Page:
Travelers Beware: How To Avoid Juice Jacking Scams

You’re away from home and your car when you look down at your phone which is alerting you that its battery is dying. Ruh-roh, what to do? Quick, find a handy public phone charger, right?

Wrong! If you are thinking about plugging in your cell phone in a public place – airport, hotel or shopping mall, for example – think again. There is a serious scam out there called juice jacking that allows hackers complete access to your portable communications device.

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The term comes from a combination of “juice” – electrical power – and “jack” – steal. The data thieves have figured out how to hijack your cell phone without any personal contact.

The criminals write computer programs called malware (bad software) that are quick and easy to install into free public charging stations. When you arrive at the kiosk, the charger looks normal.

But once you push your power plug into the charger’s receptacle, the malware loaded into either an infected charger or cabling the hackers left behind kicks into gear and immediately infects your phone, shunting all of your phone data to Hacker Central.

Within minutes, the intruder code can lock you out of your own device as the hackers make off with your precious private information. Your phone numbers, addresses, location history, account names, numbers, and even passwords all become visible on the hackers’ remote screen. They can see pictures of you and your family and know their names.

These hackers can steal a full backup of your phone with all its contents.

This is so not good.

The Los Angeles County District Attorney’s Office agreed that avoiding using public USB charging stations at airports and other locations is a safe practice and gave the following tips:

  • Use an AC power outlet rather than a USB charging station.
  • Take AC and car chargers for your devices when traveling.
  • Consider buying a portable charger for emergencies.

You can also plug your phone’s USB cord into your laptop’s USB port to charge your phone when you’re traveling without an external charger.

LA County’s Deputy District Attorney Luke Sisak warned that using a free public USB charger could “end up draining your bank account.” Investigators from his office know hackers who are involved in identity-theft schemes and say the miscreants have the computer skills needed to tweak a public USB charger station.

LA County’s top prosecutor Sisak said the scam is working because people haven’t heard of it:

“It’s something that people should be aware of. And they mostly don’t know that it is.”

After all, who would suspect that a public phone charger had been subjected to criminal tampering?

Furthermore, a lot of people don’t realize that a charging port is how their phone transmits (sends and receives) data.

Juice jacking works a lot like skimming credit card information at gas pumps or other public venues. Avoid habitual use of the charging cables provided in ride-share vehicles, hotels, and internet cafes.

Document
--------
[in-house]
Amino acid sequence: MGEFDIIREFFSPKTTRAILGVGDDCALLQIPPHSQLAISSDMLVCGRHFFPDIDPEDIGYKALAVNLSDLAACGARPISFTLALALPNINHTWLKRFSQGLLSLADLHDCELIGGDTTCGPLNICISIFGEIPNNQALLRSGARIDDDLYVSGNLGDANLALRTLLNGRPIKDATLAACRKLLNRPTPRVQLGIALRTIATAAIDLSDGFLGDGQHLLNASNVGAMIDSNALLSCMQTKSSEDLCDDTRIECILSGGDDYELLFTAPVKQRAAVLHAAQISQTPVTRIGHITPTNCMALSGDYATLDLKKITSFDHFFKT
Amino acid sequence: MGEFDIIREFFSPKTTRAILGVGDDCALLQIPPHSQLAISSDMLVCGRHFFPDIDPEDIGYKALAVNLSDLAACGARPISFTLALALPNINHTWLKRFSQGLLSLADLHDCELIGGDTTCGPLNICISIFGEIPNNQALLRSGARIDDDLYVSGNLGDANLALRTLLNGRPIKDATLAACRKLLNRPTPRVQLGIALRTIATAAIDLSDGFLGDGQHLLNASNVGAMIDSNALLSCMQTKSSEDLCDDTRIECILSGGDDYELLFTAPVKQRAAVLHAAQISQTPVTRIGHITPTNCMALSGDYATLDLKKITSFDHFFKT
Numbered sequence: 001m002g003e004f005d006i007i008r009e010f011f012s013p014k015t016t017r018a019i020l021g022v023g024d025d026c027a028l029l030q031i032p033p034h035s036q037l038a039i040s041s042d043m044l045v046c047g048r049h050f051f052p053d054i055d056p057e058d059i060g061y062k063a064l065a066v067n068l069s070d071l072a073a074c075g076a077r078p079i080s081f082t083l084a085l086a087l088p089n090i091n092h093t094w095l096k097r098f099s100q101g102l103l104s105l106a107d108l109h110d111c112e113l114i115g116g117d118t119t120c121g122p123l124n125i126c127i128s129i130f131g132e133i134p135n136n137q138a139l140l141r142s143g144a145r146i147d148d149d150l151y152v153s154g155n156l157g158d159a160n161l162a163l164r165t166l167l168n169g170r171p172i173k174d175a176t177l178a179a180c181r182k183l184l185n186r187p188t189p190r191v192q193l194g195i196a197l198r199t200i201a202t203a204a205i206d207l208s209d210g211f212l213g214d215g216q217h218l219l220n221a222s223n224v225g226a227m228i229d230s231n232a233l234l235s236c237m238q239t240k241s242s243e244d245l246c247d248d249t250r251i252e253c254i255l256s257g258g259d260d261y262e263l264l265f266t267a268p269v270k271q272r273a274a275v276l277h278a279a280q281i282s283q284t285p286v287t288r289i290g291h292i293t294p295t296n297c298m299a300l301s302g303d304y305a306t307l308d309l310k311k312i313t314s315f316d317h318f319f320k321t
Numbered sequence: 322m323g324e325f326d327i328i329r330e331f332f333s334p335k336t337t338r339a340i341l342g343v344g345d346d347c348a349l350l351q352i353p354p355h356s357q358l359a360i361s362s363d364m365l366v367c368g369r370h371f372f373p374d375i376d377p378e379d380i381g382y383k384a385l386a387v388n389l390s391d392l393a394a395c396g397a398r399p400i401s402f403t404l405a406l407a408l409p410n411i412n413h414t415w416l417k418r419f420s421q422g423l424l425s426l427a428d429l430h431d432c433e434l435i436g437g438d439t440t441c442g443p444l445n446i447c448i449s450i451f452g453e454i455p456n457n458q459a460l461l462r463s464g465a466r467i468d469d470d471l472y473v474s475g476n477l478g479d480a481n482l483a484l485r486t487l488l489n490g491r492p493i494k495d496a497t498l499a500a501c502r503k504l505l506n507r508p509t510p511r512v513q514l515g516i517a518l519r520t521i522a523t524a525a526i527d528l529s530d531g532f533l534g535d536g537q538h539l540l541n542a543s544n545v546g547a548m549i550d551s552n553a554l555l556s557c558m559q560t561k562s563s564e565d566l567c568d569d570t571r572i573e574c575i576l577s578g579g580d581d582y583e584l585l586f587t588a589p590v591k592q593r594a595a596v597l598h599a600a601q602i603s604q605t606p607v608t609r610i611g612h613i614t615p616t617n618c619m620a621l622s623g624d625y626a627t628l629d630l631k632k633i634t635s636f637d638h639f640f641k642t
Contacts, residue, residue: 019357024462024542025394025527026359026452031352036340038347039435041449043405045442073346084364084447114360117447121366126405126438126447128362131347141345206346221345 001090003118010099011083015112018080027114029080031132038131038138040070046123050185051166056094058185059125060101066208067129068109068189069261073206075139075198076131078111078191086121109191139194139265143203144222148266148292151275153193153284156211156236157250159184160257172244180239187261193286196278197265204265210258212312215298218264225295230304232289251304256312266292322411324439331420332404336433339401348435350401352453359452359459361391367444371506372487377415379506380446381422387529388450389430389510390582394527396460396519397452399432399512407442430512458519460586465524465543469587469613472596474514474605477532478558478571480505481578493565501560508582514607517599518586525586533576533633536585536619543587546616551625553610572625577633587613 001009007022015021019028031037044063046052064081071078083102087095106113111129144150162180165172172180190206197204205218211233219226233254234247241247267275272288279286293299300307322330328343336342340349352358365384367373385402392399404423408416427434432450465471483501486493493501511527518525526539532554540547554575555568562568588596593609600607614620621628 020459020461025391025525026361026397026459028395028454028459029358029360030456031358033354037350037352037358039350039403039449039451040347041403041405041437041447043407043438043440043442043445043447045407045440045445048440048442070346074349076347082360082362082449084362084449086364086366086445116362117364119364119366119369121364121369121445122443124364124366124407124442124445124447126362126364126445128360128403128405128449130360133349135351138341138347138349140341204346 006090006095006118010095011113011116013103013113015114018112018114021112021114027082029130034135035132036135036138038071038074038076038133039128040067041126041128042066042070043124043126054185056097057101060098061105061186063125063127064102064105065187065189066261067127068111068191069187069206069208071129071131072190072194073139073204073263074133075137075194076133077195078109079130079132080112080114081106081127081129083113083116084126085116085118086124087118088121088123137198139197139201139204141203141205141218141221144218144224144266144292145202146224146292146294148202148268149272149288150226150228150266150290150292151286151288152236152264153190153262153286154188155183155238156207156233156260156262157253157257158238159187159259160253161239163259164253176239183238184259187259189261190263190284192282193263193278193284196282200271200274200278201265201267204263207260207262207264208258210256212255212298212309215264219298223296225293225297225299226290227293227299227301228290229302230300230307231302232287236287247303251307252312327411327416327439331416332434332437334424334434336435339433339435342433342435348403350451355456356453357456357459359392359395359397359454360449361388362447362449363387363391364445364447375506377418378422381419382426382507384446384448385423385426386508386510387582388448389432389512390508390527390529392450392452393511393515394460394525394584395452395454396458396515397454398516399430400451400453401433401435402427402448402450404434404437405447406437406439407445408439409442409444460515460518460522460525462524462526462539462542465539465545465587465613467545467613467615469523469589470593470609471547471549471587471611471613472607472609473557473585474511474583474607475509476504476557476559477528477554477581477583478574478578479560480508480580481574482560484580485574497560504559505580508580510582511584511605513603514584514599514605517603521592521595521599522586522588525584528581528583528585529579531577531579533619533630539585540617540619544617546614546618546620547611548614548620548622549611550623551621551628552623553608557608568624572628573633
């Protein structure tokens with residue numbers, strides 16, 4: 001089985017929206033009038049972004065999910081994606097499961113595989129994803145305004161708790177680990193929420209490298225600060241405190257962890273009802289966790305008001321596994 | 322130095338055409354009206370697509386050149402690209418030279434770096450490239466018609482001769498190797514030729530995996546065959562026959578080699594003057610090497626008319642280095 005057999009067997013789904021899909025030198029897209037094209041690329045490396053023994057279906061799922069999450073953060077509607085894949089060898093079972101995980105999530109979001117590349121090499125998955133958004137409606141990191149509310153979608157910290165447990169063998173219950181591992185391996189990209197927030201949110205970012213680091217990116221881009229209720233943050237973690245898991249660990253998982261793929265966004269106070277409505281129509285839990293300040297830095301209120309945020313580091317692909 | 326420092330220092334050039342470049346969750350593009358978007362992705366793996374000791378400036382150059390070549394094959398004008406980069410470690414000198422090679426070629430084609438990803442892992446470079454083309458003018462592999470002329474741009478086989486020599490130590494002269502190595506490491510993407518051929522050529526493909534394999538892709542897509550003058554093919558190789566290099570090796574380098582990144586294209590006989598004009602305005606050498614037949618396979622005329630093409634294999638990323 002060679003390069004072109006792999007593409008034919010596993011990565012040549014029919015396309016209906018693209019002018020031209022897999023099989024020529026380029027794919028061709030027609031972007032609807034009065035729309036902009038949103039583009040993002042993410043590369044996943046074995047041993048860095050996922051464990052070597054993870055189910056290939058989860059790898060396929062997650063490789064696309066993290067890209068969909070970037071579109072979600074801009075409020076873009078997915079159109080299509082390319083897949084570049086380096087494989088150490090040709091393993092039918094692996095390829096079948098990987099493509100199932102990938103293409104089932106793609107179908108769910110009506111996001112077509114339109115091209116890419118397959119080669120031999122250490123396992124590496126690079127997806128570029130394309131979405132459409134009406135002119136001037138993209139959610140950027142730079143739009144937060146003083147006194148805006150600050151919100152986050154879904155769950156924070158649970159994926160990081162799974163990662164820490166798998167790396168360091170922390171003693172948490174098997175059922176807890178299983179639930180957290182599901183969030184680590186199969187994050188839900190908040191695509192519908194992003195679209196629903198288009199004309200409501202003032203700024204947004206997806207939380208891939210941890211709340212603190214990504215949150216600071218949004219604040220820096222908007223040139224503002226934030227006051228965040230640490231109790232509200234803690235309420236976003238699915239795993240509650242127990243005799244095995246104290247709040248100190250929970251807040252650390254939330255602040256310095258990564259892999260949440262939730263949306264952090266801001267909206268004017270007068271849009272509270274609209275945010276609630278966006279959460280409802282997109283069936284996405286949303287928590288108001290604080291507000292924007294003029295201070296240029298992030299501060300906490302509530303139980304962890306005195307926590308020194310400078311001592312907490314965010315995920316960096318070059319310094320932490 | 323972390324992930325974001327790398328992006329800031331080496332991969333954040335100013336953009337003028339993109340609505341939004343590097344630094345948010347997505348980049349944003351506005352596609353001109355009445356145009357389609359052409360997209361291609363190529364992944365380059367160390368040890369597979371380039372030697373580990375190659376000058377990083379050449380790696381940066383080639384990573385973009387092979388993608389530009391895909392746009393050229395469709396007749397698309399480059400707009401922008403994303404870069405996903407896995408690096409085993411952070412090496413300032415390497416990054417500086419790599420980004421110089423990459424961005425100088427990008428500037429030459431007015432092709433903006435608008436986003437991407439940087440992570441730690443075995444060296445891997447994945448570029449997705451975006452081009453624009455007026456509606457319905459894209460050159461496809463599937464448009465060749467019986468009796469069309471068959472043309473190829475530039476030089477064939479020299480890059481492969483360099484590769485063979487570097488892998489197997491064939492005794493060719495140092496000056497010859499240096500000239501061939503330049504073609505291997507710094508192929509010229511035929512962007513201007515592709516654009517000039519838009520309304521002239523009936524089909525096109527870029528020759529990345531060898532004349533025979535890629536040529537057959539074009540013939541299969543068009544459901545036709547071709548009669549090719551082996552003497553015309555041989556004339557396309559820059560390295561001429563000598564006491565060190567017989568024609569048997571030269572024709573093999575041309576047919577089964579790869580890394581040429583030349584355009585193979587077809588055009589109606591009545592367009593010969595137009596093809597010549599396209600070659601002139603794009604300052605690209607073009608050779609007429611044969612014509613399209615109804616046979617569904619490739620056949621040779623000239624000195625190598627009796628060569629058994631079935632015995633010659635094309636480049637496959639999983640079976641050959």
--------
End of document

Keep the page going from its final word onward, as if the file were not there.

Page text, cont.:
Be suspicious if your phone displays the message, “Do you trust this computer?” because no normal charger ever does that. This is your phone asking for your permission to let the hacking computer steal all your data. On any device other than your home computer, always answer this question “No.”

If you simply must use a public phone charger outlet, look around for obvious signs of tampering. If you spot anything hinky, move along. You can also tug gently on the outlet to see if it pulls away readily from the wall. Some hackers don’t bother to screw in their temporary data-capturing devices.

Cybersecurity expert Jim Stickley set up a simulation along the Port of San Diego in Southern California. The cracker (a hacker who works for good) installed customized hardware in a homemade charging station that he set up, letting him watch and record everything displayed on the screen of each connected phone.

NBC News correspondent Vicky Nguyen agreed to play the part of Stickley’s first victim. As he observed her shopping online at Home Depot, the hacker said:

“Now we get to the best part. She’s actually entering in her credit card number.”

Over the next four hours, dozens of unsuspecting people stopped at Stickley’s makeshift charging station to juice their phones. Understandably, some of them were shocked to learn it was all a setup.

One of the would-be victims, a woman named Ruth, called the malware “dangerous” after seeing her personal Facebook messages appear on someone else’s screen.

It’s worth spending more money when you are shopping for a portable charger to get one with longer battery life. The cheap ones die really quickly.

You can also buy a “USB condom” for about $10 that blocks the data pins on the end of a USB cable, allowing only power to flow from an outlet to an attached device. The  Original USB Condom ” prevents accidental data exchange when your device is plugged into a foreign computer or public charging station with a USB cable.”

The ultimate solution to juice jacking is to shun public phone chargers and opt for plugging into a power outlet.

Forewarned is forearmed – keep your data safe from cyberthieves!

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